10660 Democracies and Dictatorships: Comparative Politics 1
Credits: 6 intermediate credits in Political Science
The course is based on Democracies and Dictatorships: Ideas, Contexts, Regimes, by B. Neuberger (in Hebrew, The Open University, 2004, 2007); Comparative Government and Politics: An Introduction, by R. Hague and M. Harrop (2010, in Hebrew translation); and a reader edited by Benyamin Neuberger and Emmanuel Gutmann.
The course provides students with knowledge about basic concepts in political science: politics, government and state, focusing on the differences between three types of regimes: liberal democracy, illiberal democracy and authoritarian (fascist, theocratic and communist). The theoretical perspective of the course is the comparative approach: its aim is to not to deal with a specific regime or state but to analyze and characterize the similarities and differences among political systems in order to understand the actual political processes that prevail, beyond their formal and legal definitions.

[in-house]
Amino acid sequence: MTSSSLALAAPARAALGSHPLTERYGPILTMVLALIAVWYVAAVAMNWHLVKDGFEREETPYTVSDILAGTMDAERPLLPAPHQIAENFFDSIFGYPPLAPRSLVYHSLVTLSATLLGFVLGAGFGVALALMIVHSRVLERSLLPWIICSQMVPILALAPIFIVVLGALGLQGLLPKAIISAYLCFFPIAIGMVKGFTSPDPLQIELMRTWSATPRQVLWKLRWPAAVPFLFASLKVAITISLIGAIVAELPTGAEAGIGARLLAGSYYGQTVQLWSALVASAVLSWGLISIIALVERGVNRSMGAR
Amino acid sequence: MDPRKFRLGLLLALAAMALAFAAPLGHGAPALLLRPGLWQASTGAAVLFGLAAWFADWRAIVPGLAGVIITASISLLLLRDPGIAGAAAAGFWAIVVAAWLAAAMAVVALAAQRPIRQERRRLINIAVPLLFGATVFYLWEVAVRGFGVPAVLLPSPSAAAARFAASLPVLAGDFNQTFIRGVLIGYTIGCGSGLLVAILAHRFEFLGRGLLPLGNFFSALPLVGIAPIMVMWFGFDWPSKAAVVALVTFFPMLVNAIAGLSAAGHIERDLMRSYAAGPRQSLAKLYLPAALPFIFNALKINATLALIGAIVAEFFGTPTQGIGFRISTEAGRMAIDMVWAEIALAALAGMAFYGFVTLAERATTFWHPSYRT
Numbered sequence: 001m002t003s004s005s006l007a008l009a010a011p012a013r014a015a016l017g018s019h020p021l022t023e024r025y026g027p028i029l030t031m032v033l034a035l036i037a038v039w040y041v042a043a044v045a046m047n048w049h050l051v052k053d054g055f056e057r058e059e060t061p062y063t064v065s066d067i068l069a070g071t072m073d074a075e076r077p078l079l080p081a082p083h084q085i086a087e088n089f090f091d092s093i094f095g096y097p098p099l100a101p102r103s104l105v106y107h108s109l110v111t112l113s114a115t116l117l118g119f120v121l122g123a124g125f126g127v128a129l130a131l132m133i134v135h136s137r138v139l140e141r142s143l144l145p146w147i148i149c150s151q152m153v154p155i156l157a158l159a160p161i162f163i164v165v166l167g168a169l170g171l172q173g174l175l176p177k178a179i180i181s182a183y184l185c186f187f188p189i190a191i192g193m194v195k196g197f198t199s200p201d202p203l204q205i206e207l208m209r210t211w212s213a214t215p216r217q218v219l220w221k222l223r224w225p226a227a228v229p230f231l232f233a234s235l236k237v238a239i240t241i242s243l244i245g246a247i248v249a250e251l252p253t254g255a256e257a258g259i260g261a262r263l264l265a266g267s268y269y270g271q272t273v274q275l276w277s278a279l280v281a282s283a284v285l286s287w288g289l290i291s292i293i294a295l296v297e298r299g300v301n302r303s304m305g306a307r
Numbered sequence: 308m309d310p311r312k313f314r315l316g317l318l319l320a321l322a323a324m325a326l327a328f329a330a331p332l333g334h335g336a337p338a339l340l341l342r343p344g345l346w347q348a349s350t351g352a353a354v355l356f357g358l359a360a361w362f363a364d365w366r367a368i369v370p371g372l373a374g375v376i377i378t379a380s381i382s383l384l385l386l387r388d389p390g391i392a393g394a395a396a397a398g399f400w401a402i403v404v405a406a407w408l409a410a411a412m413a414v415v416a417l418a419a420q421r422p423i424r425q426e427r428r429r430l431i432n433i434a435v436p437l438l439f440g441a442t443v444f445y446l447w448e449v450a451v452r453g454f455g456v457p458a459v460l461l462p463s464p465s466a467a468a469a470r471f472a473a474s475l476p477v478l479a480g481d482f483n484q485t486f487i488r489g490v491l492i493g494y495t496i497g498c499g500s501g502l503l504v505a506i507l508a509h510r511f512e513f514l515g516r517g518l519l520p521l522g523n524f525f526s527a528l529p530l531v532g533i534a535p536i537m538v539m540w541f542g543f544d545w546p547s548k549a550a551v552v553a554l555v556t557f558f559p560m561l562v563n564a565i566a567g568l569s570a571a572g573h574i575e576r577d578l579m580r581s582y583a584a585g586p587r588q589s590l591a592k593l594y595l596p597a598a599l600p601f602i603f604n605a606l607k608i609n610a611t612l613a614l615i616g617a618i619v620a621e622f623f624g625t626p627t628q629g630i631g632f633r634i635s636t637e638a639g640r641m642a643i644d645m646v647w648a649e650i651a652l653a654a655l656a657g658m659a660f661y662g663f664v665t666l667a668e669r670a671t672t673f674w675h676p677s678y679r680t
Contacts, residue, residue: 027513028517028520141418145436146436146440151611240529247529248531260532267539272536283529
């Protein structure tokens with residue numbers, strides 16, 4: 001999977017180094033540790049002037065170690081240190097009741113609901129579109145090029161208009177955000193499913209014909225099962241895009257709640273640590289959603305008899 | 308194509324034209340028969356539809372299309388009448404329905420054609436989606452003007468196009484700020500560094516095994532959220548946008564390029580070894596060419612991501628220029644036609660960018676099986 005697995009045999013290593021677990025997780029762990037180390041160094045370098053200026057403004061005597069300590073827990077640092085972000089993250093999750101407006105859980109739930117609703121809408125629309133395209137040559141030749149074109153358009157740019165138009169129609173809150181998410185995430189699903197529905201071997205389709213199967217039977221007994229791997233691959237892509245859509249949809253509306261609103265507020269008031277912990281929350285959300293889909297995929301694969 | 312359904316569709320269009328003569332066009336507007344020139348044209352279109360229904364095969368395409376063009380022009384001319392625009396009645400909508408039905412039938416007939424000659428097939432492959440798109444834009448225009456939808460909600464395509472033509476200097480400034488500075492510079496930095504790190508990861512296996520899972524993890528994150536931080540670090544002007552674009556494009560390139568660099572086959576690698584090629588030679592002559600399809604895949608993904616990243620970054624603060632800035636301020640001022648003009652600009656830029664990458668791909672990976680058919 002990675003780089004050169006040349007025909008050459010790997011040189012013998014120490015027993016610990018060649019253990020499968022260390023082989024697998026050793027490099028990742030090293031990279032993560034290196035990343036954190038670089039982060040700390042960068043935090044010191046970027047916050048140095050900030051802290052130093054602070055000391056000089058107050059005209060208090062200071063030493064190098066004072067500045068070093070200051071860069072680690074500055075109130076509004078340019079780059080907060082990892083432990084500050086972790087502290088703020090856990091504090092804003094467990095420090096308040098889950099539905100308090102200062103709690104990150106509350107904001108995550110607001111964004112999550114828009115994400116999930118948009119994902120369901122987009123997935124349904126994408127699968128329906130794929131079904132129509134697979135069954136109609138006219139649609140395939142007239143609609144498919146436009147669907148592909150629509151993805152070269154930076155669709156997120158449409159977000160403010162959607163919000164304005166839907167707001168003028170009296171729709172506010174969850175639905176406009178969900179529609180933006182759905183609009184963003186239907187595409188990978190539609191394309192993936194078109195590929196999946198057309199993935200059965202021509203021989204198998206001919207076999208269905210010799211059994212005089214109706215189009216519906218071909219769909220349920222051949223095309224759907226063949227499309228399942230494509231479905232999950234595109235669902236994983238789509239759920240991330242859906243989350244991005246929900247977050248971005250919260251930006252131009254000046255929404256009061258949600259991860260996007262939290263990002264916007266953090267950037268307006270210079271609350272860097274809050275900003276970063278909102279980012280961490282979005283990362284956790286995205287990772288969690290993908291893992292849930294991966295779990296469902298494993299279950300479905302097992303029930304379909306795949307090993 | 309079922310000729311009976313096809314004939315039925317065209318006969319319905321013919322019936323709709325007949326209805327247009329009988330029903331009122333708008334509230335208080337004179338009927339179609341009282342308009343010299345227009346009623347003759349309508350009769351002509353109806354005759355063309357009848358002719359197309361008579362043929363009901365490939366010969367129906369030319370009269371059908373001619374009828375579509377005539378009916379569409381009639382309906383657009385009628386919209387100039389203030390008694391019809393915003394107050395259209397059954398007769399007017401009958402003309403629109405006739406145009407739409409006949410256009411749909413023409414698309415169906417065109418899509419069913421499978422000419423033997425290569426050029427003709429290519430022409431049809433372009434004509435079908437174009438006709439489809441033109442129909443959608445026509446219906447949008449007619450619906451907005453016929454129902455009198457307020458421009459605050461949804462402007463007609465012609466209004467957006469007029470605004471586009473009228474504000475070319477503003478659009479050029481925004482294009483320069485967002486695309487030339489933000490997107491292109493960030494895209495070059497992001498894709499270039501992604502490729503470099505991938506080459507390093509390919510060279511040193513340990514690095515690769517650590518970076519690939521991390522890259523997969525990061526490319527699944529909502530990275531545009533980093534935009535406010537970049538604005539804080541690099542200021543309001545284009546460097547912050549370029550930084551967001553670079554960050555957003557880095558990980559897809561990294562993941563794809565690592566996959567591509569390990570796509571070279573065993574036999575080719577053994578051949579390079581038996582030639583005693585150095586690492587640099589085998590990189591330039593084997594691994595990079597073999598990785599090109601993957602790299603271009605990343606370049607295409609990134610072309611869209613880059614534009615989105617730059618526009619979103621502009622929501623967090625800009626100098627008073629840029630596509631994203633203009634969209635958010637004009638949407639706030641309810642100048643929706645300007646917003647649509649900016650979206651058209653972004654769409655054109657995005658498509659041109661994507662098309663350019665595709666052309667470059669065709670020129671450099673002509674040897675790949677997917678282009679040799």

The course deals with the major institutions and processes found in every political system: the Legislative branch, the Executive branch, the Judicial branch, elections, political parties, and interest groups. In addition, the course examines concepts such as political culture, political communication, political participation, state-church relations, and state-army relations, in order to understand the internal dynamics of the political systems studied.
1In its previous version, this was a 3-credit course called Democracies and Dictatorships - Ideas, Contexts, Regimes.